The historic pond linked to Jane Austen could be turned into a “stinky swamp”, activists say

Jane Austen lived by the pond from 1809 to 1817 – Will Dax/Solent News and Photo Agency

A historic Jane Austen-related pond is turning into a “muddy swamp,” local residents have complained.

Kings Pond is on the edge of the market town of Alton in Hampshire, near Chawton, where the novelist lived from 1809 to 1817.

Austen regularly visited the town to shop, mail letters, do banking and take the stagecoach into London from the High Street.

However, despite having been a scene of rural tranquility for more than 200 years, residents are up in arms over proposals by local authorities to seal it off from the chalk stream it feeds in a move which they say will improve biodiversity, water quality and will remove the need for costly dredging.

Annoyed locals, however, condemned it as “municipal vandalism”, while the council accused residents of indulging in “crazy” conspiracy theories.

The debate has become so heated that Suzie Burns, a Lib Dem councilor who is spearheading the £250,000 plan, recently said the vitriol directed at her and other elected officials could lead to the “end of democracy” in the city.

Kings Pond – created in the 1700s – is a popular attraction for families in the area, with populations of wildlife including kingfishers, ducks and geese.

But a draft management plan released by the city council earlier this autumn revealed plans to separate the pond from the River Wey which feeds it.

As part of the public consultation, residents are asked whether they would be happy for the local authority to undertake a feasibility study to see if the pond could be turned into a wet meadow instead.

A local newspaper reported that residents said the project would “rip out the heart” of the town and turn the pond into a “stinking swamp” or “muddy swamp,” accusing councilors of simply trying to save money on dredging.

Save Kings Pond group co-leader David Dodd lives in an apartment overlooking the water.

The 76-year-old said: ‘I see that if they took the pond offline, it would just be nine acres of mud marsh and all the wildlife would be lost.

“It’s been here for 200 years and they want to get rid of it because it needs dredging every 30 years and they don’t have the money. It’s a community staple.”

Jane Austen Austen regularly visited Alton to shop, mail letters, do banking and take the stagecoach into London from the High Street - Getty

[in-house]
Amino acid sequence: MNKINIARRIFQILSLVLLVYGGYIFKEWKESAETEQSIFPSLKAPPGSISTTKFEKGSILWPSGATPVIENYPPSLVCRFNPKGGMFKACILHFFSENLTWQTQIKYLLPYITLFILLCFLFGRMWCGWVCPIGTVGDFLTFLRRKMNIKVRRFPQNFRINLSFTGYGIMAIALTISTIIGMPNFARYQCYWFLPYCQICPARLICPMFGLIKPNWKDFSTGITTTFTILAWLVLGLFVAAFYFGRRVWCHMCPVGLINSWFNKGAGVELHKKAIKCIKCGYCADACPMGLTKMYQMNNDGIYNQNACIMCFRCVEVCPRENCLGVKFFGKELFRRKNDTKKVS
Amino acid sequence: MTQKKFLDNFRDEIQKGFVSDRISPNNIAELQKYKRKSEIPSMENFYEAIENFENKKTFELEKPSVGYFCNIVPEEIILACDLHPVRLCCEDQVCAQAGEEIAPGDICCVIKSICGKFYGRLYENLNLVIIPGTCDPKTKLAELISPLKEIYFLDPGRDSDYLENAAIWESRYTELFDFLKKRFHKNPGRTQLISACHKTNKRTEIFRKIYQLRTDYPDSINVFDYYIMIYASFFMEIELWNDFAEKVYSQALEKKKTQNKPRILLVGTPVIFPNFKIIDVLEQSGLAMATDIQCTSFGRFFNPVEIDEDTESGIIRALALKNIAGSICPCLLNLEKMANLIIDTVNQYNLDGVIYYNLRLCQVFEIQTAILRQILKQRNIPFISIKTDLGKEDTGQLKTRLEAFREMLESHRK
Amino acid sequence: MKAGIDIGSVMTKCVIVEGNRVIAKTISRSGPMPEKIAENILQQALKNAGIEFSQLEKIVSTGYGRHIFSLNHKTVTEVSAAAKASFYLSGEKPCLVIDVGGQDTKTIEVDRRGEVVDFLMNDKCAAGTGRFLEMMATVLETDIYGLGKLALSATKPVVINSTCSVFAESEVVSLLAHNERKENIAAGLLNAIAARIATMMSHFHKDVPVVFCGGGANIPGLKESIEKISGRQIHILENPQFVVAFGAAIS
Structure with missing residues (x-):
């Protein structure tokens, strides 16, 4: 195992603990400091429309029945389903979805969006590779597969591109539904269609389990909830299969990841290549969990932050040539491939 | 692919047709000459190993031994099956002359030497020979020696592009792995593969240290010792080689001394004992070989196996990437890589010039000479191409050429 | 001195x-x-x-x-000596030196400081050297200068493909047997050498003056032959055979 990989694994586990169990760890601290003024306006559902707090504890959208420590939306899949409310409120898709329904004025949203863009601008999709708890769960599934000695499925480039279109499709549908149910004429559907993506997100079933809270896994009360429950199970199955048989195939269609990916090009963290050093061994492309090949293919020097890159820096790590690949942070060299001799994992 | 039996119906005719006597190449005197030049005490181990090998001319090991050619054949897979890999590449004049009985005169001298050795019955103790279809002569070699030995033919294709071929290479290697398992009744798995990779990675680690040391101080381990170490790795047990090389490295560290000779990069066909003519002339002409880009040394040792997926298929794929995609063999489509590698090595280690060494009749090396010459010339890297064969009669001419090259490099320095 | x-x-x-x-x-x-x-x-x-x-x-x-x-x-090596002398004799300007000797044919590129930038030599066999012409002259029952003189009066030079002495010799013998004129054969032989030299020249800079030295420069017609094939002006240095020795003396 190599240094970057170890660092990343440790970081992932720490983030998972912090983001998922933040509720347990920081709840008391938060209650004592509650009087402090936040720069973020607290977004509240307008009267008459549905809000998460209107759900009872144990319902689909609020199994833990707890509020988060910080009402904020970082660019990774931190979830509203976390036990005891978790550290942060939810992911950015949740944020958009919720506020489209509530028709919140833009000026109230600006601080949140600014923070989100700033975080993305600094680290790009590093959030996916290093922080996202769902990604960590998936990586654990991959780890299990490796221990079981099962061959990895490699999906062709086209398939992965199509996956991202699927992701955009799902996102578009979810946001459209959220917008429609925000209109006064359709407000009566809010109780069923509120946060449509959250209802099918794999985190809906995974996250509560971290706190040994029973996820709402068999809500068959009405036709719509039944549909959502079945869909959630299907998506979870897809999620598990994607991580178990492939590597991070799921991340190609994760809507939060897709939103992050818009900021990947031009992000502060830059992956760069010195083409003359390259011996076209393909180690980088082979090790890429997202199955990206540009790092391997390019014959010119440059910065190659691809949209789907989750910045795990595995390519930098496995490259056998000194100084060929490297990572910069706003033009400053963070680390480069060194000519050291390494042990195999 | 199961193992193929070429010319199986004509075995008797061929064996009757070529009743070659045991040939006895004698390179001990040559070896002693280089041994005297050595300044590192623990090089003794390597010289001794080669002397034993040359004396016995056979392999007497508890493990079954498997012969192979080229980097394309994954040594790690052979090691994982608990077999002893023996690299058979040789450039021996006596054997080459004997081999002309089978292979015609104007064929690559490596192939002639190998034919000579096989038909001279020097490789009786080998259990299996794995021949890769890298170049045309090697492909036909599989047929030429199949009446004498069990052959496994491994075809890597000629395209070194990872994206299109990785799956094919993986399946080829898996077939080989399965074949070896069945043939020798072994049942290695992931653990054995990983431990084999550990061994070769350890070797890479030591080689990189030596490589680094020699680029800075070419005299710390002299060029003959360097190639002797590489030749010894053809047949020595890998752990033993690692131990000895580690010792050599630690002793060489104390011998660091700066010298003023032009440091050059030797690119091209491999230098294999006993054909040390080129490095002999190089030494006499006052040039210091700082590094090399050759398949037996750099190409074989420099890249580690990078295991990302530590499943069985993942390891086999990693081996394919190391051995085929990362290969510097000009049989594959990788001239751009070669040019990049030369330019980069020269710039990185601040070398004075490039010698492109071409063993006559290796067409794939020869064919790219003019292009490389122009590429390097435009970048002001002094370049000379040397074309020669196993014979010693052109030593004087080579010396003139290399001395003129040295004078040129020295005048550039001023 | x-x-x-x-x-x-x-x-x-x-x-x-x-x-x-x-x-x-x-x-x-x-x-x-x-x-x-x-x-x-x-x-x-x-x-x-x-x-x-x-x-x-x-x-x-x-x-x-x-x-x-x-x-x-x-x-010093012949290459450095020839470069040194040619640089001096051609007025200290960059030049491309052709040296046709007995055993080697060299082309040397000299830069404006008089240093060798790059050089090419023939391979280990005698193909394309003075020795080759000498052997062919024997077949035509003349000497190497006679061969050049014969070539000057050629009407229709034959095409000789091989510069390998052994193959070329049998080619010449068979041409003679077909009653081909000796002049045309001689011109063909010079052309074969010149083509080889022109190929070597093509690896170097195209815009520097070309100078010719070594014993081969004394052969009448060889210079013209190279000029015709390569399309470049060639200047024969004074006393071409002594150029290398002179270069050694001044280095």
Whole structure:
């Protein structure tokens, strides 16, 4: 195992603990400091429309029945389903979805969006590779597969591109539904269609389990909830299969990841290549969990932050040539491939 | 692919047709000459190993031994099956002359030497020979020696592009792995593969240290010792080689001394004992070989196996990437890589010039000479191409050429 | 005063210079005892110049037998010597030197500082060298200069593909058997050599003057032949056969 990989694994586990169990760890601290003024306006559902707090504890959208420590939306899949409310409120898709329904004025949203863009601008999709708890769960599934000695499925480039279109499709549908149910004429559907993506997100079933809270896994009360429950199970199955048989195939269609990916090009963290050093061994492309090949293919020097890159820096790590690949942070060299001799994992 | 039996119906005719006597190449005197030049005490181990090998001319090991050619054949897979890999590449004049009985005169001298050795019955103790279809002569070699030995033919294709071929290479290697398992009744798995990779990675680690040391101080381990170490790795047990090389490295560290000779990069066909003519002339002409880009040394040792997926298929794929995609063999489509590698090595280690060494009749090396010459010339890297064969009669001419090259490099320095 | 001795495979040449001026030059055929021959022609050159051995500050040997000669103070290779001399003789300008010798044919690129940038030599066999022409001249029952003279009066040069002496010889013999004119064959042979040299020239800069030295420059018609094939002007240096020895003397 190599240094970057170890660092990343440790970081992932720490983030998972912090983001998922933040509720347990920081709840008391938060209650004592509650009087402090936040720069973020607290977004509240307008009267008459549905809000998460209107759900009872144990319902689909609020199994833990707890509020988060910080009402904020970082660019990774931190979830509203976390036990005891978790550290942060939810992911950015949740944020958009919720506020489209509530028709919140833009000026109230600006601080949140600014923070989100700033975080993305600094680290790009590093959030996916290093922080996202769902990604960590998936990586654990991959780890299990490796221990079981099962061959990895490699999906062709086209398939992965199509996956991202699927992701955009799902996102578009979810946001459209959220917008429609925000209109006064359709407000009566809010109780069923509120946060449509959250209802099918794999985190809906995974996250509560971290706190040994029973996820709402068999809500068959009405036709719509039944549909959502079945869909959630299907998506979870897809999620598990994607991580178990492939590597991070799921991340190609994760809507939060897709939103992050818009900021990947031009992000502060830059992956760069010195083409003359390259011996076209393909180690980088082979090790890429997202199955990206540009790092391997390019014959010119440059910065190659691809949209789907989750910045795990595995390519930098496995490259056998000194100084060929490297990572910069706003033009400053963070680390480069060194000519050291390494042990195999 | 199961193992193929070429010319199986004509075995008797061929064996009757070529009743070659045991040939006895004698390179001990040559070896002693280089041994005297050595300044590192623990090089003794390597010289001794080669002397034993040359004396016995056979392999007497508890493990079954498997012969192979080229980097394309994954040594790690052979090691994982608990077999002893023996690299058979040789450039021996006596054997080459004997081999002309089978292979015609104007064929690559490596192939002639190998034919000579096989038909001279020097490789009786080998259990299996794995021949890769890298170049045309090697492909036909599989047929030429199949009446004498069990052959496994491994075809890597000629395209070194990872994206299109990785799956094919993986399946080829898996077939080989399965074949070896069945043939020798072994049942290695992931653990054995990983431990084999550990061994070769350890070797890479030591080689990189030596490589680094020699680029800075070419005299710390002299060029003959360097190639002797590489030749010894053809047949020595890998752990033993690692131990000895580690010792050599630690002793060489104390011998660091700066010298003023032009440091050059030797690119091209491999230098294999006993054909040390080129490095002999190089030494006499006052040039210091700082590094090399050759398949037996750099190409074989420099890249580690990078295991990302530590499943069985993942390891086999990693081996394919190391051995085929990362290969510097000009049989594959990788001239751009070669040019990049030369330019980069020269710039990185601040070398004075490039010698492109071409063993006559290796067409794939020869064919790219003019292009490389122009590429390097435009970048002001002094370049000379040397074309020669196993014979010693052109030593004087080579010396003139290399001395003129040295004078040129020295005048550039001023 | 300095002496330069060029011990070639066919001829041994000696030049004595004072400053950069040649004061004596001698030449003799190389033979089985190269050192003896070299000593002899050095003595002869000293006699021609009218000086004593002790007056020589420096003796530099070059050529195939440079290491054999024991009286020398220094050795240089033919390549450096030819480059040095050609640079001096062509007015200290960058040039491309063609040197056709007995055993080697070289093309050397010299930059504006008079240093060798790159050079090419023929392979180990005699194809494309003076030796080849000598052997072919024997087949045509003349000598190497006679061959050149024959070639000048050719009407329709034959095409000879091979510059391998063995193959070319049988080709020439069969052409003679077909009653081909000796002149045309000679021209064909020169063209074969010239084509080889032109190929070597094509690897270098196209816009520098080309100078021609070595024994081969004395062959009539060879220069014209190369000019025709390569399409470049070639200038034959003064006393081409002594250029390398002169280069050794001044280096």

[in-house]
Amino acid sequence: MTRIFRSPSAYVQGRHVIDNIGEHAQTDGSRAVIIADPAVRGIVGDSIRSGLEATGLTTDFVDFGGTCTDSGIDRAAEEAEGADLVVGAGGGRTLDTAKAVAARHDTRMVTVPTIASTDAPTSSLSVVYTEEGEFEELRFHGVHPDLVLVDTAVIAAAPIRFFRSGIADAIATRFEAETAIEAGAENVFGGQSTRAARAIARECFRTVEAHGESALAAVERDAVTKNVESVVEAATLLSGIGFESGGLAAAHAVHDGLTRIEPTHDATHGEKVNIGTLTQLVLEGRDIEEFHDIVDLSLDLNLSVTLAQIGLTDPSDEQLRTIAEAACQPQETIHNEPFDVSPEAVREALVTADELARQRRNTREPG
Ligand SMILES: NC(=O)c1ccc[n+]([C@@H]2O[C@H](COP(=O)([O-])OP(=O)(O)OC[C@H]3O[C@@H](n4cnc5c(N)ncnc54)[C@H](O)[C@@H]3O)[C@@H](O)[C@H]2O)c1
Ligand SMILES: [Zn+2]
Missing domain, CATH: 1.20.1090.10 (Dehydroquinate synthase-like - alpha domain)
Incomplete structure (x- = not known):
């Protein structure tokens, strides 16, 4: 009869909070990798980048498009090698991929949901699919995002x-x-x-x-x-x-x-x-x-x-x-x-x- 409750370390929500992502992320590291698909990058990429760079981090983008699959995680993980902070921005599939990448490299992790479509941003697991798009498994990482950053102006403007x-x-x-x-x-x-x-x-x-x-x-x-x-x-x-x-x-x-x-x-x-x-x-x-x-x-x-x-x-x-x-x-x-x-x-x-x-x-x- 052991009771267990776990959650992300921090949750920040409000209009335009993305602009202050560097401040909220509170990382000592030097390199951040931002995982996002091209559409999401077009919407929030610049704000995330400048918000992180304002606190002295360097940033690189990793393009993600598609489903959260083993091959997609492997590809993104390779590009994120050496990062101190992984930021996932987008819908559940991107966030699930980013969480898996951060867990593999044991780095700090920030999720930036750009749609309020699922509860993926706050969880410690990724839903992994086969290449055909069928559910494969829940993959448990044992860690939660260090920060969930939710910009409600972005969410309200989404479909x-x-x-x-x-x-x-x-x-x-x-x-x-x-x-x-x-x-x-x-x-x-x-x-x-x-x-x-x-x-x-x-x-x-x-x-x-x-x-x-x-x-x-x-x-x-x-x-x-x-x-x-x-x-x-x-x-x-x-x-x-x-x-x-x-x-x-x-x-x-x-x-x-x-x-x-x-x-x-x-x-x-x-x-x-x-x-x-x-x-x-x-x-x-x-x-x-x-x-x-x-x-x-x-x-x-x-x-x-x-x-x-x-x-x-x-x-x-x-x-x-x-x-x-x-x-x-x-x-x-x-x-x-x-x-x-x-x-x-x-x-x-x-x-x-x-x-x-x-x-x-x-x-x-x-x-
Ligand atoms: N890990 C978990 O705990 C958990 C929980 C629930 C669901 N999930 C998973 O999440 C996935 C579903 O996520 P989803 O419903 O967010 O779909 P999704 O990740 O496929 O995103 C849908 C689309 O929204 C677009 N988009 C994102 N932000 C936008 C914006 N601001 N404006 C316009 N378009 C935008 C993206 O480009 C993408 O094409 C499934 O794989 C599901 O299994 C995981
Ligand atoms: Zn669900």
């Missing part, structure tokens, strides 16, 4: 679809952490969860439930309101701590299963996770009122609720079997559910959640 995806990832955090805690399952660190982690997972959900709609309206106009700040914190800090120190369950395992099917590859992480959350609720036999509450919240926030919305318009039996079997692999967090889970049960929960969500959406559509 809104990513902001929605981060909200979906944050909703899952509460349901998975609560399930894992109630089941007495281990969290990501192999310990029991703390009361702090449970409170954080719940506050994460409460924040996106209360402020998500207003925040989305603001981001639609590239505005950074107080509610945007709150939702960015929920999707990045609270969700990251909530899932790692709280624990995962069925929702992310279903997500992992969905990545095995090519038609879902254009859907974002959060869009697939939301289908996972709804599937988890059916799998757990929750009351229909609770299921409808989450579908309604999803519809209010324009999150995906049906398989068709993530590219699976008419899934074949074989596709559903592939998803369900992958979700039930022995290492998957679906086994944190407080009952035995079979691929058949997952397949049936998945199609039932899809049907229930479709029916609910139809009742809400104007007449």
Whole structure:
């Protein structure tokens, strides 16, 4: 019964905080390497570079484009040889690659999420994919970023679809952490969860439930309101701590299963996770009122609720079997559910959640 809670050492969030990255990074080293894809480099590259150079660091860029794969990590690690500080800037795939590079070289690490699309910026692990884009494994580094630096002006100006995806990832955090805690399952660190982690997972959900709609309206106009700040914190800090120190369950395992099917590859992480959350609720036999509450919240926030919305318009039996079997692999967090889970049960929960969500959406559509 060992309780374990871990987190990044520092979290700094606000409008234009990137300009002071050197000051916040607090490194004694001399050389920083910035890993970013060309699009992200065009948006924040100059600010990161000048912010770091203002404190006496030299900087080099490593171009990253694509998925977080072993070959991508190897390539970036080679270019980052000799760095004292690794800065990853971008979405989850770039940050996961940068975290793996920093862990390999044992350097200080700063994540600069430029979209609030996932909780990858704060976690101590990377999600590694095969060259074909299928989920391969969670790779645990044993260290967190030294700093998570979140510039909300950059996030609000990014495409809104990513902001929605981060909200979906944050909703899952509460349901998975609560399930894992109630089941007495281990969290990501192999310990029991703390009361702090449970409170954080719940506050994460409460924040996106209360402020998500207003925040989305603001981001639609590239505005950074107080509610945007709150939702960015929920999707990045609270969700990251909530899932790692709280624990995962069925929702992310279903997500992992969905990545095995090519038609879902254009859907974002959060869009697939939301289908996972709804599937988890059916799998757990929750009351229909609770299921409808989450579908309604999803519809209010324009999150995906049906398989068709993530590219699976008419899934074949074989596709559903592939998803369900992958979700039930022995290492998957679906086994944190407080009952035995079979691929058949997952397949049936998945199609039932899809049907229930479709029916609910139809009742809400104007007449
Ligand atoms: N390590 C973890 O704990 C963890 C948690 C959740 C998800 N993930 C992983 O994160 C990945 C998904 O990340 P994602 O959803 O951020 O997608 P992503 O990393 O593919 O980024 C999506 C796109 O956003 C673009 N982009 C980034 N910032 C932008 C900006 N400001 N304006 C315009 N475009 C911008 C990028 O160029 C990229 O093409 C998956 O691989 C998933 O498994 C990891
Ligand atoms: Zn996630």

Jane Austen Austen regularly visited Alton to shop, mail letters, do banking and take the stagecoach into London from the High Street – Getty

Cllr Burns – the chairman of the council’s open spaces committee – said there was a “witch hunt” against her and the level of abuse she has received could discourage people from entering politics.

In a letter to the local newspaper she wrote: “I am concerned about the impact that the general anti-conciliar rhetoric and vitriol has shown [in the paper] and on social media it will have on local democracy.

“This could end up being the end of ‘democracy’ in the city as we know it.”

In a statement, Alton City Council accused some activists of indulging in “crazy” conspiracy theories, including that the site was allegedly being sold to developers or was part of a deal to allow water companies to dump wastewater. into the river.

“Those kinds of rumors would be hilarious were it not for the fact that the future of Kings Pond is an incredibly serious matter and these myths distract people from engaging in the consultation process,” he said.

“Doing nothing is not an option on the consultation. How come? Because the reality is that environmental factors around the pond and human interventions mean the problem is growing.

“If the public opposes any measure to alter the present site, whether it be to remove it from the line or silting it up, the pond will eventually become so silted up that the ‘muddy bog’ which the council has been accused of wanting to create , it will happen organically.

“Dredging may be the only viable way to clear the pond, but for the sake of future generations of residents, wildlife and the local environment, isn’t it justifiable to explore it?”

The public consultation closed at the end of last month.

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